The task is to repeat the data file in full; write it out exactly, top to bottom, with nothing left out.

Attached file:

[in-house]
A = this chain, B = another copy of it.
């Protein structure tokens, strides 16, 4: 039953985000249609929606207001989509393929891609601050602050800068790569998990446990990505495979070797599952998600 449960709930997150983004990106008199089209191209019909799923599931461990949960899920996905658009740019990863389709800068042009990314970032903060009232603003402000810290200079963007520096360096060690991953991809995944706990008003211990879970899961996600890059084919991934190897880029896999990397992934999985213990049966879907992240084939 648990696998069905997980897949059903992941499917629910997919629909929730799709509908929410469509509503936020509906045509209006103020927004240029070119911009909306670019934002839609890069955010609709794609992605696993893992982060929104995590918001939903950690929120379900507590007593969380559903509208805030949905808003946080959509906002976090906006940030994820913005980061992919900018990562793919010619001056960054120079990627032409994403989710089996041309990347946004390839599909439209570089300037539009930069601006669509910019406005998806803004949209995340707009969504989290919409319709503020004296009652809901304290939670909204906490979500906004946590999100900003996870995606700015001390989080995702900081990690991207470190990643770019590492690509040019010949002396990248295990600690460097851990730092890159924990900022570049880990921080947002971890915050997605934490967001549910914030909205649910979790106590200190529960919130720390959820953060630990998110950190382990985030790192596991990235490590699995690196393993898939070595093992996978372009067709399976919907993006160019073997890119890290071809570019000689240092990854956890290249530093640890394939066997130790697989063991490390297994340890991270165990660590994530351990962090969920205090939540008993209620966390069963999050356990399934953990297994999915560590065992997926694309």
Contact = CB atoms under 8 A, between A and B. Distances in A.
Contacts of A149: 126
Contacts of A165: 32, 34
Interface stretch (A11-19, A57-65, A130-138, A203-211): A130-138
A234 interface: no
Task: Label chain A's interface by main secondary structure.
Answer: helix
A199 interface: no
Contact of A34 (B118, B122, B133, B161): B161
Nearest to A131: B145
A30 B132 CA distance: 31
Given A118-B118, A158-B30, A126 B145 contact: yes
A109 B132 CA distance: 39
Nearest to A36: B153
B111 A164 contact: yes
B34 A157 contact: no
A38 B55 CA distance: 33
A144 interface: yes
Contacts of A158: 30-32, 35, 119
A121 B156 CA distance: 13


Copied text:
[in-house]
A = this chain, B = another copy of it.
């Protein structure tokens, strides 16, 4: 039953985000249609929606207001989509393929891609601050602050800068790569998990446990990505495979070797599952998600 449960709930997150983004990106008199089209191209019909799923599931461990949960899920996905658009740019990863389709800068042009990314970032903060009232603003402000810290200079963007520096360096060690991953991809995944706990008003211990879970899961996600890059084919991934190897880029896999990397992934999985213990049966879907992240084939 648990696998069905997980897949059903992941499917629910997919629909929730799709509908929410469509509503936020509906045509209006103020927004240029070119911009909306670019934002839609890069955010609709794609992605696993893992982060929104995590918001939903950690929120379900507590007593969380559903509208805030949905808003946080959509906002976090906006940030994820913005980061992919900018990562793919010619001056960054120079990627032409994403989710089996041309990347946004390839599909439209570089300037539009930069601006669509910019406005998806803004949209995340707009969504989290919409319709503020004296009652809901304290939670909204906490979500906004946590999100900003996870995606700015001390989080995702900081990690991207470190990643770019590492690509040019010949002396990248295990600690460097851990730092890159924990900022570049880990921080947002971890915050997605934490967001549910914030909205649910979790106590200190529960919130720390959820953060630990998110950190382990985030790192596991990235490590699995690196393993898939070595093992996978372009067709399976919907993006160019073997890119890290071809570019000689240092990854956890290249530093640890394939066997130790697989063991490390297994340890991270165990660590994530351990962090969920205090939540008993209620966390069963999050356990399934953990297994999915560590065992997926694309």
Contact = CB atoms under 8 A, between A and B. Distances in A.
Contacts of A149: 126
Contacts of A165: 32, 34
Interface stretch (A11-19, A57-65, A130-138, A203-211): A130-138
A234 interface: no
Task: Label chain A's interface by main secondary structure.
Answer: helix
A199 interface: no
Contact of A34 (B118, B122, B133, B161): B161
Nearest to A131: B145
A30 B132 CA distance: 31
Given A118-B118, A158-B30, A126 B145 contact: yes
A109 B132 CA distance: 39
Nearest to A36: B153
B111 A164 contact: yes
B34 A157 contact: no
A38 B55 CA distance: 33
A144 interface: yes
Contacts of A158: 30-32, 35, 119
A121 B156 CA distance: 13